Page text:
There were 58,335 people living in the BRHP-DSS in 2008 and half (50.1%, n = 29,243) of the population were female. Of those 26,834 (46%) people lived in the study area. Malaria is endemic in the area with frequent outbreak that caused significant cases and deaths as documented previously . The local population get in-patient services at Butajira Zonal Hospital (a public-owned), which is located in Butajira Town, and Mercy Hospital (a non-governmental organization situated about 10 km outside the town). In addition, out-patient services are obtained from Butajira, Enseno, and Hamus Gebeya health centres as well as at private clinics. Moreover, each study kebele has a health post. Drug venders are also available in Butajira Town.
This study was conducted while the National Malaria Control Program of Ethiopia has initiated various local academic and research institutions for field evaluation of RDTs that could detect multi-species and replace RDTs that only detect P. falciparum. Thus, CareStartTM Malaria Pf/Pv combo test was among the options for the field evaluation before introducing to malaria control program of the country.
Survey design and sampling
A prospective household and health facility-based surveys were conducted to assess the performance of CareStart™ Malaria Pf/Pv combo test in reportedly febrile cases between 2008 and 2010. Six rural kebeles such as Hobe, Bati Lejano, Dirama, Shershera Bido, Yeteker and Wurib were randomly selected. A total of 750 households were selected randomly from those kebeles, using probability proportion to size (PPS) sampling. Individuals with the history of fever in the previous 48 hours of the survey period were included in both household and health facility-based surveys. Febrile cases visiting outpatient department (OPD) suspected of malaria cases at Butajira and Enseno health centres were recruited. In general, this study complied with Standards for Reporting of Diagnostic Accuracy guidelines (STARD) to improve the quality of reporting .
Six cross-sectional surveys were performed on the same households for two consecutive years. The surveys were conducted in October-November 2008 (a month after the main rainy season), January-February 2009 (dry season), June-July 2009 (main rainy season), October-November 2009, January-February 2010, and June 2010 in the household surveys. The health facility-based survey was done during October 2008, November 2008, August 2009, September 2009, October 2009, November 2009, and December 2009 (Figure 1). The health facility-based survey was done at Butajira Health Centre (≥ 2, 000 masl) and Enseno Health Centre (< 2,000 masl). Individuals with a history of fever in the previous 48 hours were enrolled. But severely-ill people were excluded.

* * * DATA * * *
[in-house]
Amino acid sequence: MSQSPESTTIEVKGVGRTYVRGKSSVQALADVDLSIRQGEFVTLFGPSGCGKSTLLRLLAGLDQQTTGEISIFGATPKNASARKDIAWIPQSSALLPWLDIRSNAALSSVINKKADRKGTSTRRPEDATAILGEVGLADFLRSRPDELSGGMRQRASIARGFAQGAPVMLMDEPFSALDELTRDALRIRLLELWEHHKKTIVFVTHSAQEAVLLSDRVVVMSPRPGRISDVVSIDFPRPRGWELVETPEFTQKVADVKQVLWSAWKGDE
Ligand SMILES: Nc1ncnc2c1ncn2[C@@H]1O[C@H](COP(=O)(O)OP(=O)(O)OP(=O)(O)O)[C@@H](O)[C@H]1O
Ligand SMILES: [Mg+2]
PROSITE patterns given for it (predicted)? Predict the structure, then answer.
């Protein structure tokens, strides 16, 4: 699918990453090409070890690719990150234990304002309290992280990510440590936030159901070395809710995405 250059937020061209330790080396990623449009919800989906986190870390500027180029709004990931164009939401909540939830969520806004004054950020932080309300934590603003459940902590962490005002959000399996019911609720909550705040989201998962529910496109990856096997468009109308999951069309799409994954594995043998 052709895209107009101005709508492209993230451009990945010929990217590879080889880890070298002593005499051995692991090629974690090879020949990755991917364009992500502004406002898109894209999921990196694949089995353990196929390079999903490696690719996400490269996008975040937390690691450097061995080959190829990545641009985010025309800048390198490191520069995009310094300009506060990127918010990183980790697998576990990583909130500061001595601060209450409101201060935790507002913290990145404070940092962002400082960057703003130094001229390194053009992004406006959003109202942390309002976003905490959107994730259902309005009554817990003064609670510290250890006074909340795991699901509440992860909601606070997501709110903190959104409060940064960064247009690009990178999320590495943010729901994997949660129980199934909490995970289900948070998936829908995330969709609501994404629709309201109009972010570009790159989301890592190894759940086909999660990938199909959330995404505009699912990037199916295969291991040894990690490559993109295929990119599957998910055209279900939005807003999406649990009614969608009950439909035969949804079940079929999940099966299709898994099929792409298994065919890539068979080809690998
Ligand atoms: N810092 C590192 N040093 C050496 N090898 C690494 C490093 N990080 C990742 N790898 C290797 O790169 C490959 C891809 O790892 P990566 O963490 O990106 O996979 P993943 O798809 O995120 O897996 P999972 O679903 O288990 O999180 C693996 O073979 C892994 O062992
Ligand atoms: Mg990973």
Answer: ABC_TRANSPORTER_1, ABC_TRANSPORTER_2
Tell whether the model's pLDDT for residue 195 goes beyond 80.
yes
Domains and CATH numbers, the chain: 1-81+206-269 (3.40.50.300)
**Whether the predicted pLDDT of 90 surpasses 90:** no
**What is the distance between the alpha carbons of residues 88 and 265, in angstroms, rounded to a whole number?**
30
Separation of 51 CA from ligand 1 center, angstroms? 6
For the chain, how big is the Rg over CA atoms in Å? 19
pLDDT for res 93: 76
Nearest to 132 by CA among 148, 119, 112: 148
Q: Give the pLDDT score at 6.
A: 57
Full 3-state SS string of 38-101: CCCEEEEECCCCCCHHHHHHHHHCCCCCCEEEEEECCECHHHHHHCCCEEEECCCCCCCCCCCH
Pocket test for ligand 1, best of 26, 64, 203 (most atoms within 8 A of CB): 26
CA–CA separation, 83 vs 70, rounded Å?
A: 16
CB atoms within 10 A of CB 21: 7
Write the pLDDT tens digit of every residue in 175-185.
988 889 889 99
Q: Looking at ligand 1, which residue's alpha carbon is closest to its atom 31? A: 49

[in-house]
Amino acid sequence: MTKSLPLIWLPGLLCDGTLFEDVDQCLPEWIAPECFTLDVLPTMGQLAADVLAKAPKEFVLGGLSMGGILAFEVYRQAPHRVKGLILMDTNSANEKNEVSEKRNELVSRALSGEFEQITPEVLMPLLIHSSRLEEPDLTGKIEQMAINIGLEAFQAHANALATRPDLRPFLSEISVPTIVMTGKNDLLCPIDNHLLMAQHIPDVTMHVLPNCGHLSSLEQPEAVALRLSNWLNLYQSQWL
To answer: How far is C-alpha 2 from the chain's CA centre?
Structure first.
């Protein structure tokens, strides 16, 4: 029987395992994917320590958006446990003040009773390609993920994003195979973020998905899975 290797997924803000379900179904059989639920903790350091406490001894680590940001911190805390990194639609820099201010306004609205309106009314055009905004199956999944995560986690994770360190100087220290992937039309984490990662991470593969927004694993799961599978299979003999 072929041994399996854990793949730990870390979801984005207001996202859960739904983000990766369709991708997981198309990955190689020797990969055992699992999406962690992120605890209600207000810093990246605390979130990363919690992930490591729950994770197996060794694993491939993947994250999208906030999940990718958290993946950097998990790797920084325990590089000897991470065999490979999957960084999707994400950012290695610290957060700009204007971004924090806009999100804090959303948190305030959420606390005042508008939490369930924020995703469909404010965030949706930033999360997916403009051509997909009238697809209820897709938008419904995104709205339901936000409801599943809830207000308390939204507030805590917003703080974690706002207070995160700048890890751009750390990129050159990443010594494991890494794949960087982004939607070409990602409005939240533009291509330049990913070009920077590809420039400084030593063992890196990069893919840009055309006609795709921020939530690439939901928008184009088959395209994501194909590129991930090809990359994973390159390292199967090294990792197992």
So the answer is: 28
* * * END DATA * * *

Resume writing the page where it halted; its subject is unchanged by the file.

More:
Data collection was done using pre-tested structured questionnaire and format prepared for this purpose. Pre-testing of the data collection tool was performed in an adjacent kebele but outside the study area. Intensive training of data collectors and supervisors was conducted. All data collectors were supplied with a training manual and field guide. Data collectors and supervisors for both the household and health facility-based surveys were recruited from local public health facilities. BRHP-DSS enumerators and supervisors did household interview in the baseline household survey, and guided and facilitated the data collection in the follow up of household surveys. A coordinator of the Butajira base facilitated recruitment of data collectors and supervised the data collection with the principal investigator (AW).